So far we have not found a single ORICO adapter that has worked correctly so I would avoid that brand completely for the Raspberry Pi.

Recommendations

Raspberry Pi 4 Model B 8GB*

Raspberry Pi 4 8GB
Raspberry Pi 4 8GB

StarTech 2.5″ SATA to USB Adapter *-AND- Kingston A400 SSD 120GB SATA 3 2.5” Solid State Drive*

Kingston A400 SSD
Kingston A400
StarTech 2.5" SATA to USB Adapter
SATA to 2.5″ USB Adapter

You may use other types of drives with the Pi such as M.2 SATA to USB 3.0, M.2 NVMe to USB 3.0 and mSATA to USB 3.0. Here’s some adapters I’ve used for those types of drives:

UGREEN M.2 NVMe to USB Enclosure*

UGREEN M.2 NVME to USB Enclosure
UGREEN M.2 NVME to USB Enclosure

UGREEN M.2 SATA to USB 3.1*

UGREEN M.2 SATA to USB Enclosure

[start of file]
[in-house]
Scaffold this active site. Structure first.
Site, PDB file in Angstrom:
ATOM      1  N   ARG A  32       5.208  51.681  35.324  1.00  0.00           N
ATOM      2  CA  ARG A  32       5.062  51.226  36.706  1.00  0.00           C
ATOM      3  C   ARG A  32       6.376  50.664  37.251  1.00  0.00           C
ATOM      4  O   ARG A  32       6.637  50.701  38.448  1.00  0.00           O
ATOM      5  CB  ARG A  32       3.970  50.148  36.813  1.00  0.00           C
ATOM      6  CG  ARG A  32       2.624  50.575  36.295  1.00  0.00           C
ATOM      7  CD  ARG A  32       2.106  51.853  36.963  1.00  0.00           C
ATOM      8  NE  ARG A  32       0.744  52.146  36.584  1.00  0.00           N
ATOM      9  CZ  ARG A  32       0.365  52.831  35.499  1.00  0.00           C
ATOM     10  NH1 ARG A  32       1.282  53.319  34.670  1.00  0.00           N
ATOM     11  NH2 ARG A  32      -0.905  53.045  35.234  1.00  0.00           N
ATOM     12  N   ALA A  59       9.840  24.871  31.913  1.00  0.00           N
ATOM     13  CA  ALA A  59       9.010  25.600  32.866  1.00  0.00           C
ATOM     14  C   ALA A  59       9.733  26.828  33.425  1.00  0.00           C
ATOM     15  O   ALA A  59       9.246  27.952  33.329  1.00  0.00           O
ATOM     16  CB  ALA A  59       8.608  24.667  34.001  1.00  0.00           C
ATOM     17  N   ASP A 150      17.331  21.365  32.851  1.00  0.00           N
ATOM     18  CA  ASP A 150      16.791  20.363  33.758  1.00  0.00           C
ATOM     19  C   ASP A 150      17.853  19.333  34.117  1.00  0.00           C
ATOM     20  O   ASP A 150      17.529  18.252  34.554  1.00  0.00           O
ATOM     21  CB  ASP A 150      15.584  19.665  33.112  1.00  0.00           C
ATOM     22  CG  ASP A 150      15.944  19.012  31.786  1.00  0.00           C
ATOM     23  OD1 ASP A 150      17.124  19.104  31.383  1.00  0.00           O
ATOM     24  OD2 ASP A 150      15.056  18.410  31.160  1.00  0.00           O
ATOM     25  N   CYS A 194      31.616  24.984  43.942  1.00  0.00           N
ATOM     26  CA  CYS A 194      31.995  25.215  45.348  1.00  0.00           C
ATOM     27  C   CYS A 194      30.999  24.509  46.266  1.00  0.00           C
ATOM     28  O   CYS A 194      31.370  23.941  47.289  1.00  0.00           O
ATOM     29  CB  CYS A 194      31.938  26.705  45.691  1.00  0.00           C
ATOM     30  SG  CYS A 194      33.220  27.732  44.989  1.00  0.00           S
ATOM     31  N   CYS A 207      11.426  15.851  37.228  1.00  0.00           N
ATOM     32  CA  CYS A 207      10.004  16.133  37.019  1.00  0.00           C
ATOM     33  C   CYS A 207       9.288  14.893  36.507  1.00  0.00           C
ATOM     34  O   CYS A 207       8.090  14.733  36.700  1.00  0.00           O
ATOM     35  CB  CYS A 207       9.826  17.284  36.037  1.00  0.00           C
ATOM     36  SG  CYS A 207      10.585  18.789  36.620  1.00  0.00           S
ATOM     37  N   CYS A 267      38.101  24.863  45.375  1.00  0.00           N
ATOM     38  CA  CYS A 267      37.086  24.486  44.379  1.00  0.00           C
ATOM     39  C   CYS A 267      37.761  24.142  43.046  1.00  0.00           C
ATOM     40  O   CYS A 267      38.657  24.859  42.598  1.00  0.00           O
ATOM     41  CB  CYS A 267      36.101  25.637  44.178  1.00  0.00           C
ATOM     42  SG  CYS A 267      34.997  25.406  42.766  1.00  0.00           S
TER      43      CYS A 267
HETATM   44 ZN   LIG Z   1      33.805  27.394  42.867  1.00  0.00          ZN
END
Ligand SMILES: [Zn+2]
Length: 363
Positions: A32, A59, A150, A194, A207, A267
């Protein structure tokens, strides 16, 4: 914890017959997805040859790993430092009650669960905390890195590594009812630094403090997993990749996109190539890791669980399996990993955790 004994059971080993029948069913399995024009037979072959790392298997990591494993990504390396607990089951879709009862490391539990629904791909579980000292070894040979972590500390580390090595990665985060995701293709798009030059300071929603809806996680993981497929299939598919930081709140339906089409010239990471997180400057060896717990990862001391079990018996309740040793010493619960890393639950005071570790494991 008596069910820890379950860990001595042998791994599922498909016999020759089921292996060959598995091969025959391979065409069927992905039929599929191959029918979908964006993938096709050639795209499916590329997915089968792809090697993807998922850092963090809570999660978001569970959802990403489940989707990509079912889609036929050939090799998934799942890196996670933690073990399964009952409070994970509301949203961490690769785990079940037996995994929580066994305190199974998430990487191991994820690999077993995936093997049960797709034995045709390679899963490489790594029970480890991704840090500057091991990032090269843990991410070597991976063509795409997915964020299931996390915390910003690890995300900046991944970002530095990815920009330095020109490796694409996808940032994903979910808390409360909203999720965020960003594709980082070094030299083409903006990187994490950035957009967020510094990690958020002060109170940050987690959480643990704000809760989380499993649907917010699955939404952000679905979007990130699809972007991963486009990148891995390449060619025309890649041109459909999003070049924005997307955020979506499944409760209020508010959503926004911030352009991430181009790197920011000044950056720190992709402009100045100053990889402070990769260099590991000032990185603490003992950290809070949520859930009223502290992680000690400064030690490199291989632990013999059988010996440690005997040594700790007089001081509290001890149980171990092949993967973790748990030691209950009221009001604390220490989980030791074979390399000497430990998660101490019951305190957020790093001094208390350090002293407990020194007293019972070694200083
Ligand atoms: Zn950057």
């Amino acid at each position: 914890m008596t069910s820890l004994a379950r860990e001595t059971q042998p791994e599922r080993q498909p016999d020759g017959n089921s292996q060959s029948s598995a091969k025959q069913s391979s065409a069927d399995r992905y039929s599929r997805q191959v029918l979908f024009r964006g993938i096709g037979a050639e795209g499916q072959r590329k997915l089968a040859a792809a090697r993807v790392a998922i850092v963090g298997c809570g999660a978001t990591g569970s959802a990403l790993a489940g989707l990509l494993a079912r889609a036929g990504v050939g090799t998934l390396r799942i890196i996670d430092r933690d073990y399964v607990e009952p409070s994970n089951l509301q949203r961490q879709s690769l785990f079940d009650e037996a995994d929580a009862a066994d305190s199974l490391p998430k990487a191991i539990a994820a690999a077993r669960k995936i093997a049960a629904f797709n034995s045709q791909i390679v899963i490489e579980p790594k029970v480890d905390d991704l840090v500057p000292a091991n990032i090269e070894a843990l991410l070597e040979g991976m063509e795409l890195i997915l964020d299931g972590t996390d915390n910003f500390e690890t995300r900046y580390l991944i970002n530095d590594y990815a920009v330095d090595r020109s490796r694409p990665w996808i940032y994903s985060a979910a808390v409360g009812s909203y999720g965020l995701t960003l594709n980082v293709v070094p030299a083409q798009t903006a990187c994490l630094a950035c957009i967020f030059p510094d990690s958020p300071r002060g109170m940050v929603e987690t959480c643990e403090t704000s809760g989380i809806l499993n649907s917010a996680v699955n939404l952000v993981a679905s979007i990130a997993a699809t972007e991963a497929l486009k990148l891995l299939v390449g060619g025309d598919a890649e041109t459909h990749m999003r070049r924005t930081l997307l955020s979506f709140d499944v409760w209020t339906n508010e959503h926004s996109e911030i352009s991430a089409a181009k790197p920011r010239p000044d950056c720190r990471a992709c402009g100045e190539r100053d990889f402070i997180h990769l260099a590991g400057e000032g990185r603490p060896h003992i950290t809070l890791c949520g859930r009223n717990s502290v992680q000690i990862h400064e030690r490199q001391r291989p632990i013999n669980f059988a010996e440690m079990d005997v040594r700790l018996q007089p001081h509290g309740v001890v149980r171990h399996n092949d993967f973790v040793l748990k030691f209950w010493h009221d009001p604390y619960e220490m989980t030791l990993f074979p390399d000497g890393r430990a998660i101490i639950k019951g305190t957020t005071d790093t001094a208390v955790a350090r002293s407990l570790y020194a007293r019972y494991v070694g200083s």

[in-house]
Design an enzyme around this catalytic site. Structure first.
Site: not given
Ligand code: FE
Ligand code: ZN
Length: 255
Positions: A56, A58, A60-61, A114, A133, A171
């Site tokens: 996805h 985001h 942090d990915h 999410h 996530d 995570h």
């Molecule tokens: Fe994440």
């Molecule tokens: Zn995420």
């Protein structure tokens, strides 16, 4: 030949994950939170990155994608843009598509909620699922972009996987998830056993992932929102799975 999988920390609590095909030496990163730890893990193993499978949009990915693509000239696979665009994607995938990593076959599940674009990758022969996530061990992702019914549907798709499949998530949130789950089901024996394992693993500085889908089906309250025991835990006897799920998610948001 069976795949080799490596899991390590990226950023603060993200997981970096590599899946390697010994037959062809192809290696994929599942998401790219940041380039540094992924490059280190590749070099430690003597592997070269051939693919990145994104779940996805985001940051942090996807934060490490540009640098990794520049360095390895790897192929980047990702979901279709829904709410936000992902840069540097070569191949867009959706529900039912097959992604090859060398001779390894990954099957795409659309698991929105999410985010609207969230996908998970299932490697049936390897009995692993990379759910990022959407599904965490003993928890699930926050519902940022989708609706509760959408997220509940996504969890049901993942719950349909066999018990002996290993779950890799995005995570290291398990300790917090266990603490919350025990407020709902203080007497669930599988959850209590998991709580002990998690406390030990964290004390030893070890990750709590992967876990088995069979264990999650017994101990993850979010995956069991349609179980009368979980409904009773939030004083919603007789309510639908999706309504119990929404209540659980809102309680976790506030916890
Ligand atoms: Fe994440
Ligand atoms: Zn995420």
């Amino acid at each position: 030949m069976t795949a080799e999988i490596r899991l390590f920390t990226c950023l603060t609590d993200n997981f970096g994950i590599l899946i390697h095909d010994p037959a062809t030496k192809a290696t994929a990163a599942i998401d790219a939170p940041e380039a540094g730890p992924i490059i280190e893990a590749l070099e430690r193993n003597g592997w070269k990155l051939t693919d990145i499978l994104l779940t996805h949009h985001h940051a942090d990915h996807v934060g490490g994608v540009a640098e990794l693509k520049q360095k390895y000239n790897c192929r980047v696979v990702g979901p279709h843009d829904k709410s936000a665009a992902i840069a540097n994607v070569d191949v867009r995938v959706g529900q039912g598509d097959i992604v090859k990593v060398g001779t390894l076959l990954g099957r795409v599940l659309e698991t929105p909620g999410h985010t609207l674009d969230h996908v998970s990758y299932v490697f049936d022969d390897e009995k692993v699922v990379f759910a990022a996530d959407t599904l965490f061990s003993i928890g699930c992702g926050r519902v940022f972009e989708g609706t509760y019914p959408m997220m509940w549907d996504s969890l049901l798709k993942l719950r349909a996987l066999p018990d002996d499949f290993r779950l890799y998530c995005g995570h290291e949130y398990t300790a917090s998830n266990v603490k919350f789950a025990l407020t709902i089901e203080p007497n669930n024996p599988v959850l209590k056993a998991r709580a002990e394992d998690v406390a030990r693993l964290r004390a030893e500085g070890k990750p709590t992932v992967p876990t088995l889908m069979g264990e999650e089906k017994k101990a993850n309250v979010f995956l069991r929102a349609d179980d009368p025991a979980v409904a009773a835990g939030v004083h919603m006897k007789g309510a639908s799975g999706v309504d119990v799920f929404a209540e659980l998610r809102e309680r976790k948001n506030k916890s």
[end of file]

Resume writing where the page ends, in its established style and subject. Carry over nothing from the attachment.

UGREEN M.2 SATA to USB Enclosure

VL716 mSATA to USB Adapter*

VL716 mSATA to USB Adapter
VL716 mSATA to USB Adapter

Power can be a serious problem with these drives. We are learning from the comments that you are especially likely to run into power issues with NVMe enclosures. A powered USB hub or a power adapter that puts out 3.5A comes not only just strongly recommended, it may actually be required that you choose one option or the other for your drive to function.